But that could not happen for more than a month because the Georgia Supreme Court has prohibited grand juries from meeting until after June 12, The New York Times reported.
The Georgia Bureau of Investigation (GBI) announced Tuesday night that Durden had asked the agency to assist with the investigation into Arbery’s death, WSB reported.
Georgia Governor Brian Kemp said Thursday he had watched the video and was confident state investigators would be able to “find the truth,” the Associated Press reported.
“Earlier this week, I watched the video depicting Mr. Arbery’s last moments alive,” Kemp told reporters. “I can tell you it’s absolutely horrific, and Georgians deserve answers.”
Hours later, the GBI arrested both McMichaels on charges of murder and booked them into the Glynn County Jail, WXIA reported.
The McMichaels were being held without bond.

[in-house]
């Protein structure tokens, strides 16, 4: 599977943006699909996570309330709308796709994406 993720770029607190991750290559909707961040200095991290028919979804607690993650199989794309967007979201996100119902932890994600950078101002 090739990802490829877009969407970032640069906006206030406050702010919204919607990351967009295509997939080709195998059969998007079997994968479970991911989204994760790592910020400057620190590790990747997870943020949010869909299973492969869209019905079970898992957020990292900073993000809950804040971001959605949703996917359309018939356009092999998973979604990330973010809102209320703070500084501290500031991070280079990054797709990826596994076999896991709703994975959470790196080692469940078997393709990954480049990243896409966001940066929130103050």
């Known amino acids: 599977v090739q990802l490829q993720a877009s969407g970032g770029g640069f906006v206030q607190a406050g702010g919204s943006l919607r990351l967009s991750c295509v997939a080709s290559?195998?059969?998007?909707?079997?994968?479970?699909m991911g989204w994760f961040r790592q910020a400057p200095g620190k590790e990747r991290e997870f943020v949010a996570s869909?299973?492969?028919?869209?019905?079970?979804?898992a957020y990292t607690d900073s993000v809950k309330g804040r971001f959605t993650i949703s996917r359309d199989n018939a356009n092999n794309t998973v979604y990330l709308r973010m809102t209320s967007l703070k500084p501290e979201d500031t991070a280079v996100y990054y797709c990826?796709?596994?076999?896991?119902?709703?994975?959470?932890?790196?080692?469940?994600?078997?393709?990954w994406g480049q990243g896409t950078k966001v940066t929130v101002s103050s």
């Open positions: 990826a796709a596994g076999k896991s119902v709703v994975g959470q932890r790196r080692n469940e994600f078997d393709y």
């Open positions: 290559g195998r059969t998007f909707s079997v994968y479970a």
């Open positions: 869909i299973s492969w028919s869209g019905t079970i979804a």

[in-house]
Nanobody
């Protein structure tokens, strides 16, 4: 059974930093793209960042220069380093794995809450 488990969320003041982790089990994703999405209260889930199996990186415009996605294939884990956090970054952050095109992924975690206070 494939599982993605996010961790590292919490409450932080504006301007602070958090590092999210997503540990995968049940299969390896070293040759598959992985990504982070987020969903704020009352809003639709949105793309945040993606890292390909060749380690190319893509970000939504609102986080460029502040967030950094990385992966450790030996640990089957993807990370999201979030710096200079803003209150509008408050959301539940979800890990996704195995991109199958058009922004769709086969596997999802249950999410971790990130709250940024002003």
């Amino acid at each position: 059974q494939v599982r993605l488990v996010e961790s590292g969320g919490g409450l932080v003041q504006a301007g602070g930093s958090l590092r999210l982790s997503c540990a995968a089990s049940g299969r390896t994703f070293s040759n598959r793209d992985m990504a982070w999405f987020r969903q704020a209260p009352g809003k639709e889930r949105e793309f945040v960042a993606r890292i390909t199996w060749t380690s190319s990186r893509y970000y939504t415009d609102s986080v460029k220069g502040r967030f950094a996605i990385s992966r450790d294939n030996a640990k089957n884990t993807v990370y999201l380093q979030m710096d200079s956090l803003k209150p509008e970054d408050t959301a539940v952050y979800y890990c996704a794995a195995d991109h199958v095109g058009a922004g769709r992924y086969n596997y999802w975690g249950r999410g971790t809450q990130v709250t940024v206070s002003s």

At a press conference on Thursday morning, GBI Director Vic Reynolds said investigators spent all day Wednesday reviewing the entire investigative file.
He said that on Thursday they canvassed the neighborhood and talked to people who had already been interviewed and interviewed people who had not yet talked to the police.
Reynolds told reporters that investigators began getting warrants on Thursday evening and took Gregory and Travis McMichael into custody at about 7:30 p.m.
He said the McMichaels were turned over to the custody of the Glynn County Sheriff’s Office after they were arrested.
Reynolds said that investigation was ongoing and GBI investigators would stay in the community and continue to look into what happened the day Arbery was shot.
The GBI director said there were things that hadn’t been investigated yet and his agency intended to continue looking into everything.
He said that the “probable cause” for the felony murder arrests was clear to his investigators quickly, but he refused to comment on the earlier investigation that was done and decisions that had been made by the prosecutor.